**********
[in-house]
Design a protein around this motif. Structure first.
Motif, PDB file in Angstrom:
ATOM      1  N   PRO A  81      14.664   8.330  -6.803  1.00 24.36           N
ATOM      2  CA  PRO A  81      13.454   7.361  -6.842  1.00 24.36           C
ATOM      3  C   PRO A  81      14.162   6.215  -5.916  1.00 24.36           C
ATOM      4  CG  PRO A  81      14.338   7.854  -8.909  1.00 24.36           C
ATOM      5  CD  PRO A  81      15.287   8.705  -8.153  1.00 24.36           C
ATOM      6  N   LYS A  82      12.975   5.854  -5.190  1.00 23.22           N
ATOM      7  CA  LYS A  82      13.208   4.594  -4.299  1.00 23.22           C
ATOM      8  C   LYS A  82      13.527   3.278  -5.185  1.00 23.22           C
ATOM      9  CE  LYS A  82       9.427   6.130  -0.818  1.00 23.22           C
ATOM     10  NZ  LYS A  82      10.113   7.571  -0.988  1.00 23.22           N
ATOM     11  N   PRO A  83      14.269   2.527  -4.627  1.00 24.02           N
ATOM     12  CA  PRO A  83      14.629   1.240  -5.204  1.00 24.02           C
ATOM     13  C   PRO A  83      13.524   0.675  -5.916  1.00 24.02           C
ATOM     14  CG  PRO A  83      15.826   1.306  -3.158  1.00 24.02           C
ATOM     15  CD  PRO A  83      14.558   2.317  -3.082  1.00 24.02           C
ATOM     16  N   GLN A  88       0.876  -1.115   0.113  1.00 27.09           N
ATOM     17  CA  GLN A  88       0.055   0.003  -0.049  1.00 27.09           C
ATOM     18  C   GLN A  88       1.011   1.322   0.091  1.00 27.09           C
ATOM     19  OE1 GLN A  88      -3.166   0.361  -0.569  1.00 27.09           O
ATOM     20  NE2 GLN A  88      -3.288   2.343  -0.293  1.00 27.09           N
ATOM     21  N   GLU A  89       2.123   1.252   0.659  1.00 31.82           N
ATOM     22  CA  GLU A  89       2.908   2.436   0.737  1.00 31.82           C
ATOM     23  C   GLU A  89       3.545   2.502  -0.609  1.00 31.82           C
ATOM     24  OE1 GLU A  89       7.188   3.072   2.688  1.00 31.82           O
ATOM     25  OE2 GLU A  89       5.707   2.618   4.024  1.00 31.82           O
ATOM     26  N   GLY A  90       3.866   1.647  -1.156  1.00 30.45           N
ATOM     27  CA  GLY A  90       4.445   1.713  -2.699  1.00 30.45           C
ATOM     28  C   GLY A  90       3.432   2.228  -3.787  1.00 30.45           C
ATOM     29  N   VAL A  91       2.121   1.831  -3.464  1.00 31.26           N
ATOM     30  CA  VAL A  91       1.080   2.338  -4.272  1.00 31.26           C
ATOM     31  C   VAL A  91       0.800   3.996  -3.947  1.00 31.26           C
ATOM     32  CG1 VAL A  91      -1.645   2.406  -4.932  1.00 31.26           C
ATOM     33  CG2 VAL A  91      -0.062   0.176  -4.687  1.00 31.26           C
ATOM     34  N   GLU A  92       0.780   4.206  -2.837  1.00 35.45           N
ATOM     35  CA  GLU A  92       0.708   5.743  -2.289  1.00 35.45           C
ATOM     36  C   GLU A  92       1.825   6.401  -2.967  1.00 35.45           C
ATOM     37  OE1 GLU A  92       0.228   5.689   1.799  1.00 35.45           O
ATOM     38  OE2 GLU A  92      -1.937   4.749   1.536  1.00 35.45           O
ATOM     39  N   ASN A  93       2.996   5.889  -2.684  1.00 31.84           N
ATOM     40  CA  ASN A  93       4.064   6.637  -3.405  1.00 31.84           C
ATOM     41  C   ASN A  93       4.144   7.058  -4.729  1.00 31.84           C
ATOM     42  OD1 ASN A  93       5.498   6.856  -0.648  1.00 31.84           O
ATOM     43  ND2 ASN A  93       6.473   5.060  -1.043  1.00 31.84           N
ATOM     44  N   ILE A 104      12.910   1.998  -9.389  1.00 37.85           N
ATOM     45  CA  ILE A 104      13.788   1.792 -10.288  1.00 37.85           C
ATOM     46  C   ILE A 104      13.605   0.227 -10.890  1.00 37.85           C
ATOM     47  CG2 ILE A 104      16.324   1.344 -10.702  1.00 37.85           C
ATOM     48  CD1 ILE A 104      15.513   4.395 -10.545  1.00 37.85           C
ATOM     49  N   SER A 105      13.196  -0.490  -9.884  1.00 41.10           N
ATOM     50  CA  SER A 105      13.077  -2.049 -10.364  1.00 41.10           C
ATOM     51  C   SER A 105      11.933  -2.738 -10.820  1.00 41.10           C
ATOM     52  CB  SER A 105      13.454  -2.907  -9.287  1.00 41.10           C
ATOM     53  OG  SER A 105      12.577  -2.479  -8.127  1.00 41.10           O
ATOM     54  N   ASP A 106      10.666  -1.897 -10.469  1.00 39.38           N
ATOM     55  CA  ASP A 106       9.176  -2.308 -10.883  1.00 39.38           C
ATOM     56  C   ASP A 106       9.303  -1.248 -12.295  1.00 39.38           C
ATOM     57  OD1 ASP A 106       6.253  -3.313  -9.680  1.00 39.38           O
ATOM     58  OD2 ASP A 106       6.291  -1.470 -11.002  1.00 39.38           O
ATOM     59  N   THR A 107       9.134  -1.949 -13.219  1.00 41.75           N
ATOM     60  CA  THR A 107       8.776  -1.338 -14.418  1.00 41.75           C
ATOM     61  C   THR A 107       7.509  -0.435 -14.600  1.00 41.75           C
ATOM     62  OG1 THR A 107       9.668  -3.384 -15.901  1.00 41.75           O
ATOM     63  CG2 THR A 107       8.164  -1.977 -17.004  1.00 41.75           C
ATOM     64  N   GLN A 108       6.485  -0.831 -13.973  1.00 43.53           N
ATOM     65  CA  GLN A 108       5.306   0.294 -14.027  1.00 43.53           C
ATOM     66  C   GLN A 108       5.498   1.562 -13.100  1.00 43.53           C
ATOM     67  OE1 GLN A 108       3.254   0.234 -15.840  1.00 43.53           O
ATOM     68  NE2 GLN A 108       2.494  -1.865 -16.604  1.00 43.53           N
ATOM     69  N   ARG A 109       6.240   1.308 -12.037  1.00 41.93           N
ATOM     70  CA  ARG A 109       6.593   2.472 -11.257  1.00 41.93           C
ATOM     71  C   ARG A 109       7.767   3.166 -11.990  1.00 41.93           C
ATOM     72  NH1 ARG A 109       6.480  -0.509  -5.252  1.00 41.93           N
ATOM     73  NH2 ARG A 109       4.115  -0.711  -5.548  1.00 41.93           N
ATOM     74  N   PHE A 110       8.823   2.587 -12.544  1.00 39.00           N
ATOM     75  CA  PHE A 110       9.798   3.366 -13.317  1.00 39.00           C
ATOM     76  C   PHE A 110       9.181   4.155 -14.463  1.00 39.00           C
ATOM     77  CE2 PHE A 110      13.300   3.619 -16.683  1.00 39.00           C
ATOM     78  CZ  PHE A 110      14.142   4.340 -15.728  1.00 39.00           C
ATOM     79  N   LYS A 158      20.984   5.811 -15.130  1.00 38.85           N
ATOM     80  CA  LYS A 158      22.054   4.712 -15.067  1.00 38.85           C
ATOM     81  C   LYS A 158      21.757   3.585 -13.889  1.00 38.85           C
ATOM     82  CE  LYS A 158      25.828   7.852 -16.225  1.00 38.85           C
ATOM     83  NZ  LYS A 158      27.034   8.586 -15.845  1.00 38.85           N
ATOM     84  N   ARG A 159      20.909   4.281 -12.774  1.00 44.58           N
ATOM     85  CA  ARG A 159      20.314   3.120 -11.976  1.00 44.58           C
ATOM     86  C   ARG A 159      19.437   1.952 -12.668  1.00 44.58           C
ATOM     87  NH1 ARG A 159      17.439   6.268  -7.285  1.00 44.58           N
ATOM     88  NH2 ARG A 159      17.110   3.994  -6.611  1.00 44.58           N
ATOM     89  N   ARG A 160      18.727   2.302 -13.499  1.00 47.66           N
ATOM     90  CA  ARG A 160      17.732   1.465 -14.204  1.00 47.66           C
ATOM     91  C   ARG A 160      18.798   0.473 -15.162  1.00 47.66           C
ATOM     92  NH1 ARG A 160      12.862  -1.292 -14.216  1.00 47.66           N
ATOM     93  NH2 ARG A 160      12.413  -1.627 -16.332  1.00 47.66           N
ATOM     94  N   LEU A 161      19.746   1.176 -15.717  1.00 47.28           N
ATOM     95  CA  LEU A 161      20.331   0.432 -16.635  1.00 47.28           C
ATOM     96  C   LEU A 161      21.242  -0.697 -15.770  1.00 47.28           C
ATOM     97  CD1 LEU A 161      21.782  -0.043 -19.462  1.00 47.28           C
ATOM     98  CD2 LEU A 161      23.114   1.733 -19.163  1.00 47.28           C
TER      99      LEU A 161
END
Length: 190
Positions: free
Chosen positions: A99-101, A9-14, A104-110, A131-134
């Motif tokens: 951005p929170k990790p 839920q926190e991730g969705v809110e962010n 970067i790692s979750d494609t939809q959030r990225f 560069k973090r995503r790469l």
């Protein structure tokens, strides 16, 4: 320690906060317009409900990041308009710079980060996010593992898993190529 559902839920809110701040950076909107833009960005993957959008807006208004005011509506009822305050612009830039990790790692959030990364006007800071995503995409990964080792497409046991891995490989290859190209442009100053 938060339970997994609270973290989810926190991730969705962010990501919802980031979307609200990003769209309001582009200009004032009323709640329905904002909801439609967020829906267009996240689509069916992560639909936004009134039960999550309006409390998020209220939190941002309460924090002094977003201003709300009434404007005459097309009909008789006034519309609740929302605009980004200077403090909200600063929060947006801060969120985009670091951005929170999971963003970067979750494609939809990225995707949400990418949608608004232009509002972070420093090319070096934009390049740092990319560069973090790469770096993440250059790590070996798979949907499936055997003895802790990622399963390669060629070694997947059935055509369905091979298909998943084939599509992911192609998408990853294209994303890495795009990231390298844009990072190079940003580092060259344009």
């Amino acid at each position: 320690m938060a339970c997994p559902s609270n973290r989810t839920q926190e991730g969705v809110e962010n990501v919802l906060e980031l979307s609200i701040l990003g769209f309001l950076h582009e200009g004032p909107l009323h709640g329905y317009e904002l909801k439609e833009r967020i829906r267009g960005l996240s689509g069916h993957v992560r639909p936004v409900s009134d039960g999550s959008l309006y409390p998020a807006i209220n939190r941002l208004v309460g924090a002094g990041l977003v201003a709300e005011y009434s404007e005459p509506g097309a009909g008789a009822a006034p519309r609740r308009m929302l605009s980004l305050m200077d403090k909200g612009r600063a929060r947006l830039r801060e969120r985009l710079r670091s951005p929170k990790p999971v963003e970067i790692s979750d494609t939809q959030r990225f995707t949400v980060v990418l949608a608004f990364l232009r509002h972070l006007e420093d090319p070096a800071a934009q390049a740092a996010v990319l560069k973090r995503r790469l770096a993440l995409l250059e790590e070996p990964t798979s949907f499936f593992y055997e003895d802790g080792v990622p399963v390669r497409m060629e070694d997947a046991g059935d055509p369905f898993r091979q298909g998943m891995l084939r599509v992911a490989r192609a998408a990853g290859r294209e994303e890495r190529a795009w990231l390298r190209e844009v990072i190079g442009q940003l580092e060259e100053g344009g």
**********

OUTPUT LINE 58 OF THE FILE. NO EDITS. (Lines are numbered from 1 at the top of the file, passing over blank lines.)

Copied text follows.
ATOM     55  CA  ASP A 106       9.176  -2.308 -10.883  1.00 39.38           C